GREAT BARRINGTON >> There are days when I think the politicians read my column and get bad ideas as a result.

A short while back, I wrote a column suggesting that Donald Trump was the quintessential New Yorker. No sooner did that column hit the newsstands than Ted Cruz, who is duking it out with Trump for first place in Republican hearts, makes the supreme accusation that Trump is (gasp!) a New Yorker.

This, of course, sets off a firestorm of resentment among some, but not all, New Yorkers, led by no lesser personages than Gov. Andrew Cuomo, Hillary Clinton and Mayor Bill de Blasio.

These great leaders say that while they agree with Trump about pretty much nothing, they believe that he and all New Yorkers have been mortally wounded. In fact, someone could make a fortune bottling politicians' crocodile tears — a rare commodity on the open market.

Let's face it — it looks from here like all the players make out like bandits as a result of the unprincipled attack that rivals the Japanese attack on Pearl Harbor (that's sarcasm, for those who don't know it when they see it.)

So Senator Cruz, the Harvard educated tea party guy, scapegoats New Yorkers. This is music to the ears of the kind of people who bully anyone who isn't just like them. Lo and behold, the stereotyping works! Great cretins of the past have practiced this technique with a vengeance. You can put Hitler at the top of that list.


This is nothing new in upstate New York. Lots of upstate folks have been griping about downstate New Yorkers for years. Sometimes it is nothing but blatant anti-Semitism; sometimes it's outright racism.

Sometimes it's jealousy that often exists between the haves and the have-nots and sometimes it's fear of crime as demonstrated by endless "Law and Order" episodes that make it seem as though rape and murder are standard fare when you live in the Big Apple.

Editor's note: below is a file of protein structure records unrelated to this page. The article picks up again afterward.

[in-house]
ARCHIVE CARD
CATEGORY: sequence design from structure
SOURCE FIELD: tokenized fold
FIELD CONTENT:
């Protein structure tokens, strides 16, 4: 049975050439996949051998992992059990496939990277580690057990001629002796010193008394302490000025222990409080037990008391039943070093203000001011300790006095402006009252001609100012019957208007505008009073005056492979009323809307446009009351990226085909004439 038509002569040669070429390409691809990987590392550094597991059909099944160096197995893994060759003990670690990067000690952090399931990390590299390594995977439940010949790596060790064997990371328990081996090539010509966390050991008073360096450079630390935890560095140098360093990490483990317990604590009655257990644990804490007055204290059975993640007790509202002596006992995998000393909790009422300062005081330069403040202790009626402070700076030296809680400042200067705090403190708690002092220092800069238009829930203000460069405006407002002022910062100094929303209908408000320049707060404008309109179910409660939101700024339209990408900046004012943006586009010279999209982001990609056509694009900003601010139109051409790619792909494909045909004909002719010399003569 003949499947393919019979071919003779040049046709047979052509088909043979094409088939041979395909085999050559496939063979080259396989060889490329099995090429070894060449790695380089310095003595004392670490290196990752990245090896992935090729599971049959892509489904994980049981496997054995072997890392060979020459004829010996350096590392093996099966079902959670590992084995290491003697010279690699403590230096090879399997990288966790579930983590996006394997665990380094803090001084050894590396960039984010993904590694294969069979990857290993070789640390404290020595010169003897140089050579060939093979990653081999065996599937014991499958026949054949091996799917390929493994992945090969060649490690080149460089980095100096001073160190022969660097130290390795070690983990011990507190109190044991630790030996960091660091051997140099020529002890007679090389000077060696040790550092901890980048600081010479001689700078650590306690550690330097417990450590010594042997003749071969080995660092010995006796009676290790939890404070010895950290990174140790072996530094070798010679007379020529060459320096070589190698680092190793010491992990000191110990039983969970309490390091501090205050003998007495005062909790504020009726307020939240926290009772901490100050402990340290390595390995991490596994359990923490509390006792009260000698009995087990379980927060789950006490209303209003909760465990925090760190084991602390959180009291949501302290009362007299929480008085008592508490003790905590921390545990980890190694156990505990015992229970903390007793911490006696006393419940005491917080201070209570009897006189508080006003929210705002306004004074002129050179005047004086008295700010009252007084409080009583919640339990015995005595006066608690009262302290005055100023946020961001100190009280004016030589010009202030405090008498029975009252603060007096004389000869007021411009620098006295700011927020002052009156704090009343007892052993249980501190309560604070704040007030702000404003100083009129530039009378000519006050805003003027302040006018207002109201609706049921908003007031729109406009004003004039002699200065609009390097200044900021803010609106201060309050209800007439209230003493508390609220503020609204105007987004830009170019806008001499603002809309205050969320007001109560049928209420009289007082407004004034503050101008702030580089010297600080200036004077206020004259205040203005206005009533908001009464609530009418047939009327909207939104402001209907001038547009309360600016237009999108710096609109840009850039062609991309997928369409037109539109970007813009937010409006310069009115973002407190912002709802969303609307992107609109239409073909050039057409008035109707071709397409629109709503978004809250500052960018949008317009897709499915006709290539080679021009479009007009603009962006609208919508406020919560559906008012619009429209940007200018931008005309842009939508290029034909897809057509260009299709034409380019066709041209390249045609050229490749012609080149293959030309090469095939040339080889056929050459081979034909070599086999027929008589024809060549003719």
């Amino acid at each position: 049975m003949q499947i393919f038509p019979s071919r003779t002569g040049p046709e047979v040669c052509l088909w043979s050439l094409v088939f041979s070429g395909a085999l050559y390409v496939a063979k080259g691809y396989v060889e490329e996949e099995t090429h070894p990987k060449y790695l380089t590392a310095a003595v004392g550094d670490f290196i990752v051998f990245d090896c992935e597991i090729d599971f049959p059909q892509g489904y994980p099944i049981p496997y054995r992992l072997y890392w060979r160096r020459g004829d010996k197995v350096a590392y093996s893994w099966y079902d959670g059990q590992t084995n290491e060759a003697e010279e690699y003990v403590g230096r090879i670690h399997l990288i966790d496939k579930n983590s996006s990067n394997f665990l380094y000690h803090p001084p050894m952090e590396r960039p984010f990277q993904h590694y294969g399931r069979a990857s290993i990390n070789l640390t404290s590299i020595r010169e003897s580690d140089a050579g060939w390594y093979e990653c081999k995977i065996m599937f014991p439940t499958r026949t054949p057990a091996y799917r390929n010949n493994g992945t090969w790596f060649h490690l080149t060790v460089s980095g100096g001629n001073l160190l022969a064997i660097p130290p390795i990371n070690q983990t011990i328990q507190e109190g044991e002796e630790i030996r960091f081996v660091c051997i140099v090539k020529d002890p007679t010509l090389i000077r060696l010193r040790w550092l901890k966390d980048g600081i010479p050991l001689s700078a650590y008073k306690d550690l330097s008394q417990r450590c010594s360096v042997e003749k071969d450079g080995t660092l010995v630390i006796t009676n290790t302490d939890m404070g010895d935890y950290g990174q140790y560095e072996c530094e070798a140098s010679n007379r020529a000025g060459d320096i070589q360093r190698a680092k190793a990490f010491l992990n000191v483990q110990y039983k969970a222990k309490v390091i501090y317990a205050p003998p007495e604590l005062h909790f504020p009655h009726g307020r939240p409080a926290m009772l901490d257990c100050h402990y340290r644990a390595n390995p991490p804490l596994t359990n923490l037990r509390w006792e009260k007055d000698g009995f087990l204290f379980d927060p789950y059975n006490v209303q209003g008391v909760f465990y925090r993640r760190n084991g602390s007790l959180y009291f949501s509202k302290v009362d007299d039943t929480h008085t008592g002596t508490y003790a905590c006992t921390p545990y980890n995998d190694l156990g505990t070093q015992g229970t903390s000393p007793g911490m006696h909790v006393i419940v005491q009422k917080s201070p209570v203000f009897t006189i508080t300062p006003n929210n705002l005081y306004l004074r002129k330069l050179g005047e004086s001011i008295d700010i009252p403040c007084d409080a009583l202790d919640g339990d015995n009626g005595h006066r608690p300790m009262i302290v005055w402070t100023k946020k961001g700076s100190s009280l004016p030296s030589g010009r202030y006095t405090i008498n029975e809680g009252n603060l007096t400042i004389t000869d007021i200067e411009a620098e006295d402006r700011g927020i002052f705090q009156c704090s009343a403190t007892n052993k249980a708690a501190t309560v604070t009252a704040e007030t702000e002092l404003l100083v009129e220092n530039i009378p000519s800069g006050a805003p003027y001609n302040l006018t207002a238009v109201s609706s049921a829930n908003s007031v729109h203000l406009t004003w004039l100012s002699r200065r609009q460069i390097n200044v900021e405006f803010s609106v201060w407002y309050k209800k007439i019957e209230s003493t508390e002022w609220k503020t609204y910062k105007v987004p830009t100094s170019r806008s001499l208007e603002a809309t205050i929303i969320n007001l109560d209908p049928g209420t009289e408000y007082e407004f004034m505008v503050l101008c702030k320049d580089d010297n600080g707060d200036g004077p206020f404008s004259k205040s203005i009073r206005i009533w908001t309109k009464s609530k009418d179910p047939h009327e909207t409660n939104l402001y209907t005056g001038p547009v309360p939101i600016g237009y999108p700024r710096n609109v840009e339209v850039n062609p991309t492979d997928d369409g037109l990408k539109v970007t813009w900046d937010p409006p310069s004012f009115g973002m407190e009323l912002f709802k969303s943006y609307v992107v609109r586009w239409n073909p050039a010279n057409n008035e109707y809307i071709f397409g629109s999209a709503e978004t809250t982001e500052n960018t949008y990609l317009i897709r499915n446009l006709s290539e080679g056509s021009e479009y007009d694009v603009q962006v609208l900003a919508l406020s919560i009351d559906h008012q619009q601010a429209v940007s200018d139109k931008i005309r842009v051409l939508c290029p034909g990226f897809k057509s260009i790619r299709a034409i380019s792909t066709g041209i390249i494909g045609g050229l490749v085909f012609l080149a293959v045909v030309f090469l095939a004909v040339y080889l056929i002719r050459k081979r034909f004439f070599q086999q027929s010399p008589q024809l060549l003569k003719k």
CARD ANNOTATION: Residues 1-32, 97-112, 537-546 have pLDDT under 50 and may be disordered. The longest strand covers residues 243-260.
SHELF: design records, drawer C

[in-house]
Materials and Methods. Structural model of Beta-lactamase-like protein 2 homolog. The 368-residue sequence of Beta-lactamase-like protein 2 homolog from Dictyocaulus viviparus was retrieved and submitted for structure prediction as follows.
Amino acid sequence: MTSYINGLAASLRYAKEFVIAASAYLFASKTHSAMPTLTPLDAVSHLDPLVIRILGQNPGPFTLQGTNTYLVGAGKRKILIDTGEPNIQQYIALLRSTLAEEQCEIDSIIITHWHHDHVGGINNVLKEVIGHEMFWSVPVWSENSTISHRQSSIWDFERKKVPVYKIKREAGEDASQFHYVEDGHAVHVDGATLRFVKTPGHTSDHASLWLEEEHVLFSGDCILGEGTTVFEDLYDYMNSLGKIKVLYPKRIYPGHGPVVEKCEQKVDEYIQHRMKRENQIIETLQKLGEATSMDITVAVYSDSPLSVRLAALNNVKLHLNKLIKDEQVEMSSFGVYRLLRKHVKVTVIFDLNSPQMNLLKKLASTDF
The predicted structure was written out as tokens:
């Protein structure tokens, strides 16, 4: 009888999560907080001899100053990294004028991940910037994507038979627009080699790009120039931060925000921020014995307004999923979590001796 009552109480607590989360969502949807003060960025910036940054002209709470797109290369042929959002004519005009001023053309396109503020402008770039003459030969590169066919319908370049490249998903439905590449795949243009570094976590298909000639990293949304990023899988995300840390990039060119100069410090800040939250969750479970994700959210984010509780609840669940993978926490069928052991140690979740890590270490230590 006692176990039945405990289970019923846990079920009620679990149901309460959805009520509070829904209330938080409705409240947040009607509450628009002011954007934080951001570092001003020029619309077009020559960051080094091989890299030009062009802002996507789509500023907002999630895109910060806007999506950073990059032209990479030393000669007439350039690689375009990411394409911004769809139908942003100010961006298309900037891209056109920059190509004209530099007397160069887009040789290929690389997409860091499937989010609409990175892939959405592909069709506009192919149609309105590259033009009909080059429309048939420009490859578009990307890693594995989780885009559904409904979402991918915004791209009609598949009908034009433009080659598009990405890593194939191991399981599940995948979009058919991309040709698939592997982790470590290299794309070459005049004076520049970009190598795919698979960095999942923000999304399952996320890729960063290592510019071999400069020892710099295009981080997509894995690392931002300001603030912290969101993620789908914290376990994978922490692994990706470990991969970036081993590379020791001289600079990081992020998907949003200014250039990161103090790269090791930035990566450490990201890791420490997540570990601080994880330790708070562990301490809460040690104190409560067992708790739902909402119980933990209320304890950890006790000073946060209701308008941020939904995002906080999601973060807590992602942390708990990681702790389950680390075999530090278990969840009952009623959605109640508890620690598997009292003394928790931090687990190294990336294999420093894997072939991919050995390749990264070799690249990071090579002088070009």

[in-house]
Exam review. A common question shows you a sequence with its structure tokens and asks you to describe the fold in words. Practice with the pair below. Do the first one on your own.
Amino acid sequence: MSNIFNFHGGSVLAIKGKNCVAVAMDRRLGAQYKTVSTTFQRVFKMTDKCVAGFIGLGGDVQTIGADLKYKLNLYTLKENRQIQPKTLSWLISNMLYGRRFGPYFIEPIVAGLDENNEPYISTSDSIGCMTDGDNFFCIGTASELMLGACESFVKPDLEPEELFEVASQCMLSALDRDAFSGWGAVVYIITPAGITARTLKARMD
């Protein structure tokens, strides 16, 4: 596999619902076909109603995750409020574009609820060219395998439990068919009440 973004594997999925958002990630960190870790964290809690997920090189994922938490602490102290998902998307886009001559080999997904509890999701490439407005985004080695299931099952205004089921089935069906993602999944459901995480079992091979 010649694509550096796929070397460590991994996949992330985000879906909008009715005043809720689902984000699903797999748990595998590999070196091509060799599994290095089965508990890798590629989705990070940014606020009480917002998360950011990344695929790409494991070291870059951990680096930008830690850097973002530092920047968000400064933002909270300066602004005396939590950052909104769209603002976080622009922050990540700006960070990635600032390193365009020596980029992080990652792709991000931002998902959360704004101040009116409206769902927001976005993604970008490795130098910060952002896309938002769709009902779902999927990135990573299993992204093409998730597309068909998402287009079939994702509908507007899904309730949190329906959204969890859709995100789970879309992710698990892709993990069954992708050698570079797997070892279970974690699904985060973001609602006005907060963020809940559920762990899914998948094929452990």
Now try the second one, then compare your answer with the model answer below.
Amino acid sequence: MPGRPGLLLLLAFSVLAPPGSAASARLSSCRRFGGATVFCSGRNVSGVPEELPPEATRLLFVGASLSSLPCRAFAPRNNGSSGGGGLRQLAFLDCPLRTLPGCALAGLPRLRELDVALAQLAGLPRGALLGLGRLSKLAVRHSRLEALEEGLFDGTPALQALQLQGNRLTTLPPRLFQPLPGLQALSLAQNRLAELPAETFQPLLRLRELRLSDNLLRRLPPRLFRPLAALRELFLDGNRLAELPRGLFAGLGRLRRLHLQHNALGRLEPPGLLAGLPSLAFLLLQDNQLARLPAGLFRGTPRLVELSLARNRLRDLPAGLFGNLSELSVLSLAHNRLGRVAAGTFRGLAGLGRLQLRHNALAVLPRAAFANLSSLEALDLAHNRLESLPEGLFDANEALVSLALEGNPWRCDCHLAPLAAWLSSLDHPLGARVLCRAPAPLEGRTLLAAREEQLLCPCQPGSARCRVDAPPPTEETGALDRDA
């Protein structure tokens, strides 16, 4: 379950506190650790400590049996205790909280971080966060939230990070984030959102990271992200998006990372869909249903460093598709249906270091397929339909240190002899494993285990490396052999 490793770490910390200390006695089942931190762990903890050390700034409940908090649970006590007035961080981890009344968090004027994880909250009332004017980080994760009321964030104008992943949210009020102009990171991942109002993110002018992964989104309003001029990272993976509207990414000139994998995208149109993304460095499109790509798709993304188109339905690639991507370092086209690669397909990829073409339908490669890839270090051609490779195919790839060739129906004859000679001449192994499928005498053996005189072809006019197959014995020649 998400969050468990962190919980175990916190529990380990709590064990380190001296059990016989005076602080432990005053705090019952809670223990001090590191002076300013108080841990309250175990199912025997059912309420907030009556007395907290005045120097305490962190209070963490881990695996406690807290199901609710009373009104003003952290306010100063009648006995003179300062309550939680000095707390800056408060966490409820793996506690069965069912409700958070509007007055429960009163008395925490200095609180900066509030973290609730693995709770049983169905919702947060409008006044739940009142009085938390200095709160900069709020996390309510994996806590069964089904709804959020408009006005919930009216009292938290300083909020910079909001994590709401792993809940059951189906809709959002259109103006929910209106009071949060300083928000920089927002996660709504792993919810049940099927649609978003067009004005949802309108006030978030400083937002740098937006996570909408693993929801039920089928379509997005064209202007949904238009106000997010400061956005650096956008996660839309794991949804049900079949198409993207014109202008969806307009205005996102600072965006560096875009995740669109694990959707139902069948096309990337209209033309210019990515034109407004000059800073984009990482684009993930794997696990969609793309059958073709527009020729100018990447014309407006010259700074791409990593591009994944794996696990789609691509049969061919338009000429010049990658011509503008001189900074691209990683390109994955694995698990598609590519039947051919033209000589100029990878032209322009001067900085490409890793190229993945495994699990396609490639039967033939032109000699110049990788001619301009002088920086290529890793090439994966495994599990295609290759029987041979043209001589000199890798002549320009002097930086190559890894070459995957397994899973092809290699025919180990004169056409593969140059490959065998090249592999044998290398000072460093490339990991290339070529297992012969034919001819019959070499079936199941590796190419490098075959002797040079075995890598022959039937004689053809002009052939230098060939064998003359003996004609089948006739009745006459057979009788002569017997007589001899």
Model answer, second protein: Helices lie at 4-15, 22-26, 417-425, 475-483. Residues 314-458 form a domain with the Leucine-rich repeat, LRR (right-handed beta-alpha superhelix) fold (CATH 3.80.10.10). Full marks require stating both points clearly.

There's an image on the front page of the New York Daily News has front in which the Statue of Liberty is portrayed giving Ted Cruz the well-known finger.

My point is that the kind of prejudice that Cruz is appealing to is not unusual. It's nothing new to New York and the surrounding states. As a result, Donald Trump appears to be a protector of all New York.

The first thing that Trump does in admonishing Cruz is to invoke the horrors of 911 and all that New York meant to the rest of the world. It's as if Trump were saying to all those who would dump on New York, "You should be ashamed of yourself."

One recent Sunday, I was interviewed by WBEN, the radio powerhouse in Buffalo, N.Y., and while we talked about this mess, three callers seemed to agree with Cruz. Gov. Cuomo's call for gun control and the curse of New York taxes and convicted Speaker Sheldon Silver and convicted Senate Majority Leader Dean Skelos were all invoked as good reasons to hate New York.

New York is a blue state and this year's Trump model is portraying himself as a conservative Republican.

We all know that politics can be important. We have choices to make. There are some very serious issues confronting us. Economics, sociology, politics — they are all complex and there are no easy answers. But when you think about it, politics have become just entertainment.

In large part, the Donald is to blame for this. He figured out that calling names and issuing put downs will bring in the voters. Now Cruz is going toe to toe with him.

This is stuff people can understand and love. This is a Trump television show and as my son-in-law put it when I asked him about it, "It's just stupid."

Yeah, but it may get one of these jokers elected president and then where will we be?

Alan Chartock, a Great Barrington resident, is president and CEO of WAMC Northeast Public Radio and a professor emeritus of communications at SUNY-Albany.